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Existing Vaccines Are Ineffective Against New Variants – FG

Boss Mustapha

Boss Mustapha

The Federal Government has come out to say that Nigerians should keep maintaining all non-pharmaceutical measures against the COVID-19.

The Chairman of the Presidential Taskforce PTF on COVID-19 and Secretary to the Government of the Federation SGF, Mr Boss Mustapha recently disclosed this at a briefing of the task force.

According to him, the vaccines have proved largely ineffective against some new variants of the virus, so this move is absolutely necessary.

He added that the global hope offered by the arrival of vaccines has been threatened by the detection of variants of concern as described by the WHO (B.1.1.7; B.1.351; P.1), so everyone must remain vigilant.

His words, “The World Health Organization (WHO) granted Emergency Use License (EUL) to three vaccines – Pfizer/BioNTech, Oxford/AstraZeneca and Johnson & Johnson. There are at least 10 other vaccines that have been granted emergency use approval by national regulatory authorities, and more than 80 vaccine candidates in development. Additionally, two antigen-based Rapid Diagnostic Test kits (RDTs) have been approved for use by the World Health Organisation (WHO).”

“As you are aware, Nigeria, received 3.92 million doses of the COVID-19 Oxford/AstraZeneca vaccine on 2nd March 2021. These vaccines represented the first tranche of about 16 million doses allocated to Nigeria through the COVAX facility, aimed at vaccinating an initial 20% of the population. More vaccines are also expected from the African Union’s Vaccine Acquisition Task Team (AVATT). During this briefing, we shall also be receiving about 100,000 doses of Covishield vaccines donated by the Government of India to Nigeria. This will further boost the number of Nigerians to be vaccinated by about fifty thousand.”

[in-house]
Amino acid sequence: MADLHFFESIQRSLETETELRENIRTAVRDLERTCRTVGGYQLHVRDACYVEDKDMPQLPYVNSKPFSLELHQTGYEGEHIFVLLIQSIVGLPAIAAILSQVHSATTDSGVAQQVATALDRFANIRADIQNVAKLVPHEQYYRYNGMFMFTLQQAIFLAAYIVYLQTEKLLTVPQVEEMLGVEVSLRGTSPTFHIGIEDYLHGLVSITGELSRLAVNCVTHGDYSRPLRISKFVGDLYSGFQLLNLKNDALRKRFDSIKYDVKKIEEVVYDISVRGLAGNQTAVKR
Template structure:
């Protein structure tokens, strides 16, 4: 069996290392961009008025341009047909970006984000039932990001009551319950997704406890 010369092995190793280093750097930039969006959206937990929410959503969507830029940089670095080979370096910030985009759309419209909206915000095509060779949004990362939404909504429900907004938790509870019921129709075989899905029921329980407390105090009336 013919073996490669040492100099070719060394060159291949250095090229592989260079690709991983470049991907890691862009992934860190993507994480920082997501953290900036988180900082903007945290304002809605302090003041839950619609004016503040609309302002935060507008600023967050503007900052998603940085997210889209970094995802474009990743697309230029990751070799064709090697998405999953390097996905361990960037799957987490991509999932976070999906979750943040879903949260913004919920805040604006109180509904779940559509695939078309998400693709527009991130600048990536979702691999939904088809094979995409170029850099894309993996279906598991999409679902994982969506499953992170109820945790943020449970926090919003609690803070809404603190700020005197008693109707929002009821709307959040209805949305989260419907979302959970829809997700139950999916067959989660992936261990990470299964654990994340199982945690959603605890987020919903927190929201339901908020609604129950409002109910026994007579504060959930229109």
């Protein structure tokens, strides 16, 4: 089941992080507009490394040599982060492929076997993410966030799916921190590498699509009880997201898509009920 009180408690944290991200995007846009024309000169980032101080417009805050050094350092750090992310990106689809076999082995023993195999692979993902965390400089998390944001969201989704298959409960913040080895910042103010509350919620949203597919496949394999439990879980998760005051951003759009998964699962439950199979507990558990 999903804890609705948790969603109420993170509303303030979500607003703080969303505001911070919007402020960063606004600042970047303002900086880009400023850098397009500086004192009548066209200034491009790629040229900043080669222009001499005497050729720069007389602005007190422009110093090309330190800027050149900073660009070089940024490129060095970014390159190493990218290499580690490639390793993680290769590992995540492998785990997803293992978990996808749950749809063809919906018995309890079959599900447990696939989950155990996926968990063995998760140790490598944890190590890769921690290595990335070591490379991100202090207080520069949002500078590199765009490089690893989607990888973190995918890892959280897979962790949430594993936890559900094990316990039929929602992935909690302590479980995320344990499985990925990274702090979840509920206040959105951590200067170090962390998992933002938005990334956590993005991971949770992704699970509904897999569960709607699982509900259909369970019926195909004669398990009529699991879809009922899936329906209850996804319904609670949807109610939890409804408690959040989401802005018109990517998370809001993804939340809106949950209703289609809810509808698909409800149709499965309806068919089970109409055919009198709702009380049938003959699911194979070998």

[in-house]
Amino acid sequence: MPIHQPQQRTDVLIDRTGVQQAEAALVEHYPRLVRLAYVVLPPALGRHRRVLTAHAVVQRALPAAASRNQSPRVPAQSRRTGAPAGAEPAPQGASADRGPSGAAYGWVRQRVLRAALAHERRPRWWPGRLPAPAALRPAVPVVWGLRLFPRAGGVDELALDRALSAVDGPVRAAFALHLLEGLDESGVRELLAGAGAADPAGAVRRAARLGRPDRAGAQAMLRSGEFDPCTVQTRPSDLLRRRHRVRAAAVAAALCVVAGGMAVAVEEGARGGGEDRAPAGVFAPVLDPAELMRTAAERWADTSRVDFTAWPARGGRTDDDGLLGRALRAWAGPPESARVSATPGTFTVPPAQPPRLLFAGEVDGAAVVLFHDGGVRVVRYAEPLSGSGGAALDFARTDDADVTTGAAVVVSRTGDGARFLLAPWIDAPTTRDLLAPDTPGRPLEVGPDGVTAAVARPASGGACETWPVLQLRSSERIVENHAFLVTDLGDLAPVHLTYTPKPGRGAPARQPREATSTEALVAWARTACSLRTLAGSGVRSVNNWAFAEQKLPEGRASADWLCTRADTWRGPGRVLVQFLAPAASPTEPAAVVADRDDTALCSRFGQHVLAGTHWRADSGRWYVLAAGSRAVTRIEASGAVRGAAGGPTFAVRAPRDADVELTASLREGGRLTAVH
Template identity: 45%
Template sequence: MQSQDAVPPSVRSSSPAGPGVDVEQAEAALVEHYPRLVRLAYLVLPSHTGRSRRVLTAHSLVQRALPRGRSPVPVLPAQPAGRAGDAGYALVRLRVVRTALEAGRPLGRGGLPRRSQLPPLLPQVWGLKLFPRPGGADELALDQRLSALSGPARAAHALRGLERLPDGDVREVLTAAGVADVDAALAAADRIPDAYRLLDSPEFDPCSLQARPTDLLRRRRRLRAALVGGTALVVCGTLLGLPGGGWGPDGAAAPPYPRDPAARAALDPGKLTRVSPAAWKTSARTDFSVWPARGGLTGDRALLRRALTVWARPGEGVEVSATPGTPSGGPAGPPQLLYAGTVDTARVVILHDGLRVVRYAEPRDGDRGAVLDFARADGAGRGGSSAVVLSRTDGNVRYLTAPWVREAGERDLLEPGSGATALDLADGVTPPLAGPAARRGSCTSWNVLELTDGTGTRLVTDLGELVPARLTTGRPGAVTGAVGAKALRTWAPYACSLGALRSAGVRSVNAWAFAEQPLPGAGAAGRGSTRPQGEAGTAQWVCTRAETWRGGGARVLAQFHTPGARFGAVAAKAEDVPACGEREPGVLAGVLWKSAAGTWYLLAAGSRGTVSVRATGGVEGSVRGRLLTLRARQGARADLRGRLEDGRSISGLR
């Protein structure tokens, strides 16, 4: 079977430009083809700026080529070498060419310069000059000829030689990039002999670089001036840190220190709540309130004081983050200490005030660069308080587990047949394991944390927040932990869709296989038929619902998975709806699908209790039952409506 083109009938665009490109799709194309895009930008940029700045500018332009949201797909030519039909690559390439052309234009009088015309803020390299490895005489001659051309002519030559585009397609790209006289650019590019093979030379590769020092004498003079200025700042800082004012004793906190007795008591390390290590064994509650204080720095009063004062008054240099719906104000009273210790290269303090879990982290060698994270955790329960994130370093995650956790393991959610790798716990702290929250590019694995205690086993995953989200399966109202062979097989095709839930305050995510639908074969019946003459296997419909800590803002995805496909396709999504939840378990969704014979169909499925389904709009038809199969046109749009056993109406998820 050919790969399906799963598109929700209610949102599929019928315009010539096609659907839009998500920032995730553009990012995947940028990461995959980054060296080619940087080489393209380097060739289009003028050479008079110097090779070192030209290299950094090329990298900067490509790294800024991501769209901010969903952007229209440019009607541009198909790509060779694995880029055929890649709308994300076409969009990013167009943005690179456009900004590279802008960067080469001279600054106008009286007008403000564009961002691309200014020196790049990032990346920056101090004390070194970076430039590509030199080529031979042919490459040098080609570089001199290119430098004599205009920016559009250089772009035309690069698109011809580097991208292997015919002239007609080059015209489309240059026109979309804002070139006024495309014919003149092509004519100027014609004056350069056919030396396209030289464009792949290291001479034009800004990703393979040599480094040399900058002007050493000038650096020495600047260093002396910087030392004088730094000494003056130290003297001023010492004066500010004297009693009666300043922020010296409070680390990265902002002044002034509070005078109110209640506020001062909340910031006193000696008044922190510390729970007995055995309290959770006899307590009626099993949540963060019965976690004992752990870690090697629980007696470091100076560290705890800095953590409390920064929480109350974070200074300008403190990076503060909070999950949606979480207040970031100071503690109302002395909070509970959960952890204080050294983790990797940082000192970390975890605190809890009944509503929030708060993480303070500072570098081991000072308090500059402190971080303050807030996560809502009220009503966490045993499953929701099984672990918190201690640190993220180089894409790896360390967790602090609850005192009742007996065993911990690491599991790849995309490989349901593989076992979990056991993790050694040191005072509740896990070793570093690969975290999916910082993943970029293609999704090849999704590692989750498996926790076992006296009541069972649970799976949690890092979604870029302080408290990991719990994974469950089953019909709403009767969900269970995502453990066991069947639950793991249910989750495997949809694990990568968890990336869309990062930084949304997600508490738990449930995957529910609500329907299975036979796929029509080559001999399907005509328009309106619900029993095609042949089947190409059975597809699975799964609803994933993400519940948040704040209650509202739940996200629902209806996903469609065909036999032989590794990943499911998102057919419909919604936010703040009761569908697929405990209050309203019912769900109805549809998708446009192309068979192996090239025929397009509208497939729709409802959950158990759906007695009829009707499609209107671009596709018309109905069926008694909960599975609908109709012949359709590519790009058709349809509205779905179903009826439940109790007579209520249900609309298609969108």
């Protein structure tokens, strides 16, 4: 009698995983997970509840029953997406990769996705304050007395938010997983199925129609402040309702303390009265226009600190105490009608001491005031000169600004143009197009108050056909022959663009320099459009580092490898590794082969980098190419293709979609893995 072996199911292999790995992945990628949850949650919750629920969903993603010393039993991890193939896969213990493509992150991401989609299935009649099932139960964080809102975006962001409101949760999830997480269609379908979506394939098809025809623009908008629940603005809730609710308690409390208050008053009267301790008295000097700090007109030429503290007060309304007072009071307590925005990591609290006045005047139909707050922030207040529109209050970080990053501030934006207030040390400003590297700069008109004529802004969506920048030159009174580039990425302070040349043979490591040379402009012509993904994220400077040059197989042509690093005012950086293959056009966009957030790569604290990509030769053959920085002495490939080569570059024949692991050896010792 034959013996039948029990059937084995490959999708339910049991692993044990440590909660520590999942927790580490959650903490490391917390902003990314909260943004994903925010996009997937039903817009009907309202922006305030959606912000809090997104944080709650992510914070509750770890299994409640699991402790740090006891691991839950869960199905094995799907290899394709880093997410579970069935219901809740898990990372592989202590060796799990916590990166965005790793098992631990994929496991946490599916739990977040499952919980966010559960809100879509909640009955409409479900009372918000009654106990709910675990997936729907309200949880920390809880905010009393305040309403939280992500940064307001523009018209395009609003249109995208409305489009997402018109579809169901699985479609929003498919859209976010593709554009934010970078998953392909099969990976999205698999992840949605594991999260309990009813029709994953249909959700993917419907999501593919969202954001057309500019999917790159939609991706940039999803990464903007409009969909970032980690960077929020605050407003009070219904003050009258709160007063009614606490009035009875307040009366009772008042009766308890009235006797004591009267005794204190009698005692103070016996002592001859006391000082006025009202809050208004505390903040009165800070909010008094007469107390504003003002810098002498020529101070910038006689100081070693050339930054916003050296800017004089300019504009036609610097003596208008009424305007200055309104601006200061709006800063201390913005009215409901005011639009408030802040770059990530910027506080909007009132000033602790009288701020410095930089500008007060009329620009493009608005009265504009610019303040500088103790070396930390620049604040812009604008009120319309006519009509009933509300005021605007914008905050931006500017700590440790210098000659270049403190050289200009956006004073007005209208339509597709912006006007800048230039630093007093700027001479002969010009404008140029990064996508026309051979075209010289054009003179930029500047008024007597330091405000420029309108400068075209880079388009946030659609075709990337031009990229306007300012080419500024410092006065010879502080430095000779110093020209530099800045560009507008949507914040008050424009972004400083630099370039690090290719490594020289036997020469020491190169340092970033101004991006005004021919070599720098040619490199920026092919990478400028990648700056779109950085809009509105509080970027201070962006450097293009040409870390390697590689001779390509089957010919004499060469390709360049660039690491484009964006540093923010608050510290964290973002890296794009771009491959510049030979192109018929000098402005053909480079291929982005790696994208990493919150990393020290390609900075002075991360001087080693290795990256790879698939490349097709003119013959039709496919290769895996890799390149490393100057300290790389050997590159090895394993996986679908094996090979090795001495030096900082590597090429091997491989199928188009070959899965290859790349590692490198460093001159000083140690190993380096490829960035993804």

“The PTF through the FMH and the NPHCDA prioritised the initial consignment of vaccines to cover frontline medical personnel, strategic leadership, and those above the age of 50 years across the nation. The majority of sub-national entities have already received their allocation and administration is progressing. As of April 5, 2021, 963,802 persons, in Nigeria, had received the first dose of the COVID-19 vaccine. The overarching objective is to vaccinate 70% of Nigeria’s population between 2021 and 2022.”

“The global hope offered by the arrival of vaccines has however been threatened by the detection of variants of concern as described by the WHO (B.1.1.7; B.1.351; P.1). These variants are associated with an increase in the spread of the virus (transmissibility), and account for the third wave of infections currently occurring in Germany, France, United Kingdom, Brazil and a host of other countries. There is some evidence that existing vaccines are less effective against the variants. While research is ongoing looking at the impact of variants of concern on the global situation, Nigeria has remained very vigilant in this regard and shall continue to apply science and data to navigate this dangerous terrain.”


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